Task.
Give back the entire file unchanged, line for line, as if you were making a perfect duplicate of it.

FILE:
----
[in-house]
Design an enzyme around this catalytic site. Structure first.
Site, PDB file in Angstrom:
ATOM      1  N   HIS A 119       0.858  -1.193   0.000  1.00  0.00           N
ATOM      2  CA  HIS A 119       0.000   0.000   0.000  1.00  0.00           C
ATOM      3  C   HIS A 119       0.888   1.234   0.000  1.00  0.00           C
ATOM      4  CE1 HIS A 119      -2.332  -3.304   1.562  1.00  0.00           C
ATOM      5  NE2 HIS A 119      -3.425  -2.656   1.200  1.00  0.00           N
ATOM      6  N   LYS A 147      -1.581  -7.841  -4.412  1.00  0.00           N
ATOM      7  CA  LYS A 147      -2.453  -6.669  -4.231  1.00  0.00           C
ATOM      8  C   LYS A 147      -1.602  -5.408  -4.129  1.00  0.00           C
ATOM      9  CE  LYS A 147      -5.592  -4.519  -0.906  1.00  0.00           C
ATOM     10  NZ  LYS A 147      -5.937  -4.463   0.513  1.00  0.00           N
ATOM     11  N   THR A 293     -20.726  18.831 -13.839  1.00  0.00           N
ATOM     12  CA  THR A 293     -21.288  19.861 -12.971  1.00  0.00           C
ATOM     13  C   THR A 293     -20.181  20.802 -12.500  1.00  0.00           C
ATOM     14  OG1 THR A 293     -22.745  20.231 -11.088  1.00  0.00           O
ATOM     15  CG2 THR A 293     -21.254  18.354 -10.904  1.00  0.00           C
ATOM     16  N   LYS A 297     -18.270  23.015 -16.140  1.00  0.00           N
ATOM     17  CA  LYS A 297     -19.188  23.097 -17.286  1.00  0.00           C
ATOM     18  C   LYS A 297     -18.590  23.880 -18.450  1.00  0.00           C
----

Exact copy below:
[in-house]
Design an enzyme around this catalytic site. Structure first.
Site, PDB file in Angstrom:
ATOM      1  N   HIS A 119       0.858  -1.193   0.000  1.00  0.00           N
ATOM      2  CA  HIS A 119       0.000   0.000   0.000  1.00  0.00           C
ATOM      3  C   HIS A 119       0.888   1.234   0.000  1.00  0.00           C
ATOM      4  CE1 HIS A 119      -2.332  -3.304   1.562  1.00  0.00           C
ATOM      5  NE2 HIS A 119      -3.425  -2.656   1.200  1.00  0.00           N
ATOM      6  N   LYS A 147      -1.581  -7.841  -4.412  1.00  0.00           N
ATOM      7  CA  LYS A 147      -2.453  -6.669  -4.231  1.00  0.00           C
ATOM      8  C   LYS A 147      -1.602  -5.408  -4.129  1.00  0.00           C
ATOM      9  CE  LYS A 147      -5.592  -4.519  -0.906  1.00  0.00           C
ATOM     10  NZ  LYS A 147      -5.937  -4.463   0.513  1.00  0.00           N
ATOM     11  N   THR A 293     -20.726  18.831 -13.839  1.00  0.00           N
ATOM     12  CA  THR A 293     -21.288  19.861 -12.971  1.00  0.00           C
ATOM     13  C   THR A 293     -20.181  20.802 -12.500  1.00  0.00           C
ATOM     14  OG1 THR A 293     -22.745  20.231 -11.088  1.00  0.00           O
ATOM     15  CG2 THR A 293     -21.254  18.354 -10.904  1.00  0.00           C
ATOM     16  N   LYS A 297     -18.270  23.015 -16.140  1.00  0.00           N
ATOM     17  CA  LYS A 297     -19.188  23.097 -17.286  1.00  0.00           C
ATOM     18  C   LYS A 297     -18.590  23.880 -18.450  1.00  0.00           C